Corporal punishment has been a hotly debated topic, especially during the last few decades. Since it is not difficult to raise a fine human being without it, common sense wins out.
First, spanking a child teaches him that violence is acceptable. Even worse, it teaches him that violence is an acceptable response to anger, or to not getting one’s own way. One should not be surprised if the child ends up carrying that message with him into his adult life.
Second, resorting to this tactic teaches a child that self-control is not necessary. Whether you believe you are exercising self-control or not, when you hit a child he will believe that you are not, and the way he sees it is what is important in the long-run.
Third, spanking children teaches children that there is no need for more constructive solutions. Instead of finding constructive solutions which benefit everyone concerned, the only one who benefits from corporal punishment is the parent. Even if the parent believes that it resolves the problem or the misbehavior, the only one whom it is actually resolved for is the parent.
If all of these reasons to avoid corporal punishment are not enough, there is another reason which tops all of the others. Frequent corporal punishment stands in the way of a child developing a true conscience. He will not be good because he wants to be good, nor will he do the right thing because he should, but generally only choose these options in order to avoid punishment. The child who is spanked on a regular basis may become overly timid, terrified of making a mistake, or he may become rebellious and focus on how much he thinks he can get away with. Whichever one of these directions his individual personality leads him to follow, neither include a conscience-based concept of right vs. wrong.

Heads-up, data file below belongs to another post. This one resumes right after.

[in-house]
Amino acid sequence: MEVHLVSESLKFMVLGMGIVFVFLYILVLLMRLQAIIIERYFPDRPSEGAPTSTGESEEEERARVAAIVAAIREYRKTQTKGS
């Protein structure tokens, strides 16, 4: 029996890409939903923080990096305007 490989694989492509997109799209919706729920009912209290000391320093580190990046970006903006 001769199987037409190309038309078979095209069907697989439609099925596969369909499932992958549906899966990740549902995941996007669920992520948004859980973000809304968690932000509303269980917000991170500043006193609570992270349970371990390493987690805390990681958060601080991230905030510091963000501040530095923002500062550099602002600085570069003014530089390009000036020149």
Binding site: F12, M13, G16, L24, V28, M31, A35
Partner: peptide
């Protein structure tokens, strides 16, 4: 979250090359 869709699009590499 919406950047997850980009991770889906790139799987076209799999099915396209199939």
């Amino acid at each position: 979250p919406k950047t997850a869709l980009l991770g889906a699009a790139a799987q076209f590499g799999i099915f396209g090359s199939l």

Children are impressionable little human beings. Whether a child is four or fourteen, he is absorbing everything his parent does, especially when it comes to the way his parent treats him. He is processing each and every action on a child’s level of interpretation. When a parent’s actions come to a child as “hit when angry,” “might makes right,” “get your own way at someone else’s expense,” and other similar messages, it can be very damaging. If it is extreme enough, it can be permanently damaging. It can color the way he views himself, and the way he interacts with other people.
If you want your child to grow up with a healthy outlook and solid character, avoid resorting to corporal punishment. If you want your child to develop a solid conscience, help him to begin developing it as early in life as possible. It is not impossible to impress upon a child that he should be good solely for the sake of being good, or do the right thing solely for the sake of doing the right thing. The only catch is that he cannot learn these things if corporal punishment is a routine part of his childhood life.